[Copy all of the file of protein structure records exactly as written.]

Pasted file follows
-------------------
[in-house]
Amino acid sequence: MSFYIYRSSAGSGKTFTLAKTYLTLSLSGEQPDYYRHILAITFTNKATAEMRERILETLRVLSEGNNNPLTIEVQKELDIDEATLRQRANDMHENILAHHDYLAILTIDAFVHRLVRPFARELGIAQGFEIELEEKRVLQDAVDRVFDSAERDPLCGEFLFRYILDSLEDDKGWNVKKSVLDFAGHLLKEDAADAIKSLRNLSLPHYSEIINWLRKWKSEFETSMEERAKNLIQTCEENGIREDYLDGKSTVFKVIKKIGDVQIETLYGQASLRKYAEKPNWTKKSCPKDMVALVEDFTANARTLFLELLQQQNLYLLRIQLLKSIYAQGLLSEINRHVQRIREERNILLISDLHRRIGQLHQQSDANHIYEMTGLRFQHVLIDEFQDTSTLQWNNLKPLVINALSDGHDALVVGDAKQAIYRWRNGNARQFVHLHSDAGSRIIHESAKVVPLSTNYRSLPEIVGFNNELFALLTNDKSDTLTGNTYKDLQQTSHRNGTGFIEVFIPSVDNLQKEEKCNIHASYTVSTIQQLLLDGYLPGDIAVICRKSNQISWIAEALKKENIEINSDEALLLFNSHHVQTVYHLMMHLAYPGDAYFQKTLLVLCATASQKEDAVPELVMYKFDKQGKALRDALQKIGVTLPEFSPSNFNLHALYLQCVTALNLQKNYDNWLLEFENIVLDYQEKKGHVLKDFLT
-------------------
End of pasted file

[in-house]
Amino acid sequence: MSFYIYRSSAGSGKTFTLAKTYLTLSLSGEQPDYYRHILAITFTNKATAEMRERILETLRVLSEGNNNPLTIEVQKELDIDEATLRQRANDMHENILAHHDYLAILTIDAFVHRLVRPFARELGIAQGFEIELEEKRVLQDAVDRVFDSAERDPLCGEFLFRYILDSLEDDKGWNVKKSVLDFAGHLLKEDAADAIKSLRNLSLPHYSEIINWLRKWKSEFETSMEERAKNLIQTCEENGIREDYLDGKSTVFKVIKKIGDVQIETLYGQASLRKYAEKPNWTKKSCPKDMVALVEDFTANARTLFLELLQQQNLYLLRIQLLKSIYAQGLLSEINRHVQRIREERNILLISDLHRRIGQLHQQSDANHIYEMTGLRFQHVLIDEFQDTSTLQWNNLKPLVINALSDGHDALVVGDAKQAIYRWRNGNARQFVHLHSDAGSRIIHESAKVVPLSTNYRSLPEIVGFNNELFALLTNDKSDTLTGNTYKDLQQTSHRNGTGFIEVFIPSVDNLQKEEKCNIHASYTVSTIQQLLLDGYLPGDIAVICRKSNQISWIAEALKKENIEINSDEALLLFNSHHVQTVYHLMMHLAYPGDAYFQKTLLVLCATASQKEDAVPELVMYKFDKQGKALRDALQKIGVTLPEFSPSNFNLHALYLQCVTALNLQKNYDNWLLEFENIVLDYQEKKGHVLKDFLT